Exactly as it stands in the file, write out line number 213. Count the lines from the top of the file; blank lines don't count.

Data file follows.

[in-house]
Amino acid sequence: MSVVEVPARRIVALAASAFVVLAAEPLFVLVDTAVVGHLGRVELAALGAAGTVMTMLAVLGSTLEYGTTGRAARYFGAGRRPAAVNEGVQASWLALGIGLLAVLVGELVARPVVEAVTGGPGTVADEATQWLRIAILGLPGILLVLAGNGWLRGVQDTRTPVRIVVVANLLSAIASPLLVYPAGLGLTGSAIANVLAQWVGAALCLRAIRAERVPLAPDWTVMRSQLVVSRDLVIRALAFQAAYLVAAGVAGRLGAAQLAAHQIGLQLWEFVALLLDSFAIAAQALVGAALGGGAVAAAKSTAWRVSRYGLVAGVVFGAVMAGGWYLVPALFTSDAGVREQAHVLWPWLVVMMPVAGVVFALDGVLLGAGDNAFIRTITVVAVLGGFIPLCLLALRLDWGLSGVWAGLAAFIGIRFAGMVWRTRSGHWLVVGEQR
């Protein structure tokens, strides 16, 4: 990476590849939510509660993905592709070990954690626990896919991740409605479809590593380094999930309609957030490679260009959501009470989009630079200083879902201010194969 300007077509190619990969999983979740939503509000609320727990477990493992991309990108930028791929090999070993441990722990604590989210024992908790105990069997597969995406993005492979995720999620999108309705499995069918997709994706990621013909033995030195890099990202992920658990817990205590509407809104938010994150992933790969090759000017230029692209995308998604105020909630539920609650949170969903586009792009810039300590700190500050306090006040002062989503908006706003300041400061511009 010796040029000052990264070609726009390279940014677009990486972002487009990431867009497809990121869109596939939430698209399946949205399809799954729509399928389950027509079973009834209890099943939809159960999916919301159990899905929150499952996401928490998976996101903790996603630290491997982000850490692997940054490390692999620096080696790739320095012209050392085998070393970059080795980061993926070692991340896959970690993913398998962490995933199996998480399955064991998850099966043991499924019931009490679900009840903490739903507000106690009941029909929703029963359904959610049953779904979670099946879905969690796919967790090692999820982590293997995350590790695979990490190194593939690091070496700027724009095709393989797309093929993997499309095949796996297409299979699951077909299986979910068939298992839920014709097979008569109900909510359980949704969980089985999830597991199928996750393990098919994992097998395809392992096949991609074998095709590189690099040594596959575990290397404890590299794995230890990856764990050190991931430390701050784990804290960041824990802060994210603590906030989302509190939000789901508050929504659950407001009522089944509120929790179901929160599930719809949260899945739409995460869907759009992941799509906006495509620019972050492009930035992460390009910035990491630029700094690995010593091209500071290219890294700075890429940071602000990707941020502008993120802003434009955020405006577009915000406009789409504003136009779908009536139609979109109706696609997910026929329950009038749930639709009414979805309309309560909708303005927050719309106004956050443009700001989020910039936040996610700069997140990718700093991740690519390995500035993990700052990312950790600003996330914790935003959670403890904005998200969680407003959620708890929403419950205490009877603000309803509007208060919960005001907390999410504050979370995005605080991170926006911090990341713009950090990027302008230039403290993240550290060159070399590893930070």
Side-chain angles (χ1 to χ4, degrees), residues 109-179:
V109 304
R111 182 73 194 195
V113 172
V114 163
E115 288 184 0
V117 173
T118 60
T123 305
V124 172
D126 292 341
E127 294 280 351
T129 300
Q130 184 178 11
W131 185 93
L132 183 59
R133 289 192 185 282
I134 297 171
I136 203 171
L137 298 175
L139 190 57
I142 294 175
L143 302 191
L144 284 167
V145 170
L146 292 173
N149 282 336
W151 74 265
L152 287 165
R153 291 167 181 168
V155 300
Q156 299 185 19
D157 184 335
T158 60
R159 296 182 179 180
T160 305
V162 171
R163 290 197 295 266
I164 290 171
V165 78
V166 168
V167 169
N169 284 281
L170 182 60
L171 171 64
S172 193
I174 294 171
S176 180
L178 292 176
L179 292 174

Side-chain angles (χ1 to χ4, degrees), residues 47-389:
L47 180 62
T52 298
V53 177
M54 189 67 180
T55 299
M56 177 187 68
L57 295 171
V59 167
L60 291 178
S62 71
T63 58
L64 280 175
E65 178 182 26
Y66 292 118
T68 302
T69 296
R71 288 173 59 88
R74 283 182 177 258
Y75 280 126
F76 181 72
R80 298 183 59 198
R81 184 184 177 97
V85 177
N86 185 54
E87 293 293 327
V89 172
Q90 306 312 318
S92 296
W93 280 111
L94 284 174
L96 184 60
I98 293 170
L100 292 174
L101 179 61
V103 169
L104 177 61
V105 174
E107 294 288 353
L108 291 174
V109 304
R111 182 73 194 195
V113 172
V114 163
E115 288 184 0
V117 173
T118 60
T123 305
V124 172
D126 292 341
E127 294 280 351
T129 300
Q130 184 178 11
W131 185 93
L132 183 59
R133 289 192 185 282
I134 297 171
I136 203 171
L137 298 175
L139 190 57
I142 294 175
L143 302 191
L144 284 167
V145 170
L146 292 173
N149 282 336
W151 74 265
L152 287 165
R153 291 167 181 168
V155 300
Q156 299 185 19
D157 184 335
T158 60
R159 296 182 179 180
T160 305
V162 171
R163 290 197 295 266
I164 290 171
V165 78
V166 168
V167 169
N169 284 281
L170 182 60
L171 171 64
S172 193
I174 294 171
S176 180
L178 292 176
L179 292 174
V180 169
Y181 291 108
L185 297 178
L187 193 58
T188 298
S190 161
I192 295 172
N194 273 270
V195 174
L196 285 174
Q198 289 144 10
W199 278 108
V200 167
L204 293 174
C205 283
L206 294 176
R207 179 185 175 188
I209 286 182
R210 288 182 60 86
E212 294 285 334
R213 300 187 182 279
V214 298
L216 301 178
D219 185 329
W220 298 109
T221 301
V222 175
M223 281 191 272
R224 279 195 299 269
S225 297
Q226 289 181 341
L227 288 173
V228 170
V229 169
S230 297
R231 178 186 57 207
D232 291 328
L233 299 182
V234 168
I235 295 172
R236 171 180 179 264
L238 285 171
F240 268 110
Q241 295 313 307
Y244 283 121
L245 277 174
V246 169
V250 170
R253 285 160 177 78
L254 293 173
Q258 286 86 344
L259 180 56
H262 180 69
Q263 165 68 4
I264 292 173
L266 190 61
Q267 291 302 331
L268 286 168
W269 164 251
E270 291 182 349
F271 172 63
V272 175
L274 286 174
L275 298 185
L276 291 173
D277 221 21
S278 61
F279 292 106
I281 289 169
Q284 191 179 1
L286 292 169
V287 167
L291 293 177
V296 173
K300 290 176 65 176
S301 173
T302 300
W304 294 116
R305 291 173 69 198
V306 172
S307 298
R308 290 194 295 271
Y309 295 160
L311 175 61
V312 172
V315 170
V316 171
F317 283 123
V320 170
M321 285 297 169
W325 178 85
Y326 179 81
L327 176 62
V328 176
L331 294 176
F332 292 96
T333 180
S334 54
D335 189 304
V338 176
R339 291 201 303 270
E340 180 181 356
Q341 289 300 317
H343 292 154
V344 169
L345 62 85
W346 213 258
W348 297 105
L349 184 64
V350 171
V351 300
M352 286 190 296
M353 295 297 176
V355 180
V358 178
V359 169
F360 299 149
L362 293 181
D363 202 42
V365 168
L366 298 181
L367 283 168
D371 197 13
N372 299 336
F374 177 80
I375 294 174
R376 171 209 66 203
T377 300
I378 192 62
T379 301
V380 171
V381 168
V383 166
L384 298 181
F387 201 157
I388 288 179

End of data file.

L286 292 169